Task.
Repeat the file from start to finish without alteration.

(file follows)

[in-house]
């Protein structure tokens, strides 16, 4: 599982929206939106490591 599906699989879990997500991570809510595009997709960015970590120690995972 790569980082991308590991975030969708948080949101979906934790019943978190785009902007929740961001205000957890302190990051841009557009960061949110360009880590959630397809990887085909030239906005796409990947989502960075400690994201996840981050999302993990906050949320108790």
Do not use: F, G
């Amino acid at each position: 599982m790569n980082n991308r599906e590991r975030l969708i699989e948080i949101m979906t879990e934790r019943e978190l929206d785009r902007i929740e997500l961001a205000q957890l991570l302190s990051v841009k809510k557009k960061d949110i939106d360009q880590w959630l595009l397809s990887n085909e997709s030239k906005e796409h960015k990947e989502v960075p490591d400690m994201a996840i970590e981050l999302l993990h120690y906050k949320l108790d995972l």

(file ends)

[in-house]
């Protein structure tokens, strides 16, 4: 599982929206939106490591 599906699989879990997500991570809510595009997709960015970590120690995972 790569980082991308590991975030969708948080949101979906934790019943978190785009902007929740961001205000957890302190990051841009557009960061949110360009880590959630397809990887085909030239906005796409990947989502960075400690994201996840981050999302993990906050949320108790």
Do not use: F, G
């Amino acid at each position: 599982m790569n980082n991308r599906e590991r975030l969708i699989e948080i949101m979906t879990e934790r019943e978190l929206d785009r902007i929740e997500l961001a205000q957890l991570l302190s990051v841009k809510k557009k960061d949110i939106d360009q880590w959630l595009l397809s990887n085909e997709s030239k906005e796409h960015k990947e989502v960075p490591d400690m994201a996840i970590e981050l999302l993990h120690y906050k949320l108790d995972l």